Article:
Picketers at Calgary BURNCO location protest employee lockout
WATCH ABOVE: Burnco has locked out its concrete drivers from their plants in Calgary, Springbank, Okotoks and Airdrie. If the lockout is prolonged it could lead to a construction slowdown. Global’s David Boushy reports.
CALGARY – A handful of employees began picketing outside a southeast Calgary BURNCO plant on Monday after being locked out.
The unionized workers were in the process of negotiating a new contact when they were given 72 hours notice of the lockout on Friday.
Union member Doug Dodd was among a dozen employees holding signs at a picket line at the BURNCO Rock Products Ltd. location in the 3000 block of Shepard Place S.E. on Monday.
“We had a date set for this coming Thursday for a vote,” said Dodd. “They locked us out before we even had a chance to vote on the proposal.”
“We’re feeling a little bit surprised that they took this route, it was completely unnecessary.”
“We’re just like everybody else,” added Dodd. “We’ve got families, we’ve got mortgages. We want to work.”
Jim Carlson, who has worked for BURNCO close to 27 years, said Monday marked his first time on a picket line.
“I thought BURNCO was the best company in the world to work for until today,” he said. “It really went downhill.”
The lockout affects members of Teamsters Union Local 362, which covers 96 employees at plants in Airdrie, Springbank and Okotoks.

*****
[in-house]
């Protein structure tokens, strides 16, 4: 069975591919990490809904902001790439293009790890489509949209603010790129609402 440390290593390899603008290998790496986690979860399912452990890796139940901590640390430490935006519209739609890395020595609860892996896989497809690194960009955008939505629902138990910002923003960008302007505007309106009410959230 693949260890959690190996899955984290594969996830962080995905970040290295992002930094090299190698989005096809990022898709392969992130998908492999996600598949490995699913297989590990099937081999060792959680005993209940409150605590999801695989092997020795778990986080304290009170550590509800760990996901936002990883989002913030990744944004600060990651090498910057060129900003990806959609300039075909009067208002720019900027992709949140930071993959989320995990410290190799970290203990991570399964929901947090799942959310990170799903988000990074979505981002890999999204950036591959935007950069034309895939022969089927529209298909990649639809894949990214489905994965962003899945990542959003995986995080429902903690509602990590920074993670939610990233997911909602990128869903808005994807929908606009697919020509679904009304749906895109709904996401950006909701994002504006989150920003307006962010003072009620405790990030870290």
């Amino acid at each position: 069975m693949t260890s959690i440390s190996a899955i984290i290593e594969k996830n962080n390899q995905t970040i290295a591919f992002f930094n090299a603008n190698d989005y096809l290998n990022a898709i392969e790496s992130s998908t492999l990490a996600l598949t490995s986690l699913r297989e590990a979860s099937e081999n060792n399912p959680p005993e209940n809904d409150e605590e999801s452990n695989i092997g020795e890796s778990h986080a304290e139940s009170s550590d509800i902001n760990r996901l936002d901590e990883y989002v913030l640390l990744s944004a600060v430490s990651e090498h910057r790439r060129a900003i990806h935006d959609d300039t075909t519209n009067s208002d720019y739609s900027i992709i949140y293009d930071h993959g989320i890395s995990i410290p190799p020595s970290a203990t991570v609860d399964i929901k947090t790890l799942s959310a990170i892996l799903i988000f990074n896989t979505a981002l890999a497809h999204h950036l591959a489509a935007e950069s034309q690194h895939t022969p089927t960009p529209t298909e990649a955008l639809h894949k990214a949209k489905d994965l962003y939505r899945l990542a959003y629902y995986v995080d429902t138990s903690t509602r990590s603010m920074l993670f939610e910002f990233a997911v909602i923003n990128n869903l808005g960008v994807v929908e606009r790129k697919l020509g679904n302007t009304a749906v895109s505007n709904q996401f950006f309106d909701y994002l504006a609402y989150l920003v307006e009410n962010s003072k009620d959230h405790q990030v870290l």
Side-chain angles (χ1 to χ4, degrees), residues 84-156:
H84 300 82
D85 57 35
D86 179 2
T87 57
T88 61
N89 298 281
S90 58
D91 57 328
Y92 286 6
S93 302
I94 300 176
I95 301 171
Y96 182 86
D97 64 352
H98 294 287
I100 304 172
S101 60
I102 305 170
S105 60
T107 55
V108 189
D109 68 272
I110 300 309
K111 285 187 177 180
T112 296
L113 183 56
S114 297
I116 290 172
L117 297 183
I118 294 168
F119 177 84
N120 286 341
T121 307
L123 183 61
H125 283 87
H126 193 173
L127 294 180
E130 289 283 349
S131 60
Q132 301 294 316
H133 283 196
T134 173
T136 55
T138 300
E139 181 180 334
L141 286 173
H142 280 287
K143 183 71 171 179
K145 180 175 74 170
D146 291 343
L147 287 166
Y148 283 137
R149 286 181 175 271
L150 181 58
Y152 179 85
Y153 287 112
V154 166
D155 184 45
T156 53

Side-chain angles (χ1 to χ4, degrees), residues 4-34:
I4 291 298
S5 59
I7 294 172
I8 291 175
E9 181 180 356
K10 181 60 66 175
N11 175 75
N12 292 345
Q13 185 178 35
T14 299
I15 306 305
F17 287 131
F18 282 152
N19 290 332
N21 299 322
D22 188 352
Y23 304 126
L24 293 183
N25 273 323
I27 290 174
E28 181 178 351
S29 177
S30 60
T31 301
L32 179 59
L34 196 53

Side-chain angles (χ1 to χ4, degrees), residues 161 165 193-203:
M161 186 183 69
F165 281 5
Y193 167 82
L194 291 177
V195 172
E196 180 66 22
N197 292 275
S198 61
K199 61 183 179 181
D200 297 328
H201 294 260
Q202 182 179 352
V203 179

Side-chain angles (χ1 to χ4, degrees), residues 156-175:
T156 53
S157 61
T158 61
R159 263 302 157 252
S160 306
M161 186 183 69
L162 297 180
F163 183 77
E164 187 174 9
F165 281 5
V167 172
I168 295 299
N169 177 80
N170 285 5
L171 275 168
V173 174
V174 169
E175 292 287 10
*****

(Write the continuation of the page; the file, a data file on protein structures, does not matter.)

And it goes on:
The union says the biggest sticking point with the negotiations is seniority, which employees don’t want to give up.
1200 meters of concrete was set to leave the plant on Monday.
Union members say BURNCO has hired private concrete drivers to deliver their product, but anticipate the lockout could impact some commercial and residential construction sites.
The company released a statement on Monday morning saying the decision to lockout employees was made after the union voted for the right to strike on July 30, despite not going to vote on their amended offer until August 13.
“BURNCO has a history of negotiating fair, competitive wages, benefits and work conditions,” said Chief Executive Officer Mike Powell. “As the current economic environment in Calgary is more challenging, we believe that this is a time when all parties need to be working together to find solutions. We are committed to finding these solutions in a timely manner.”
– With files from Dallas Flexhaug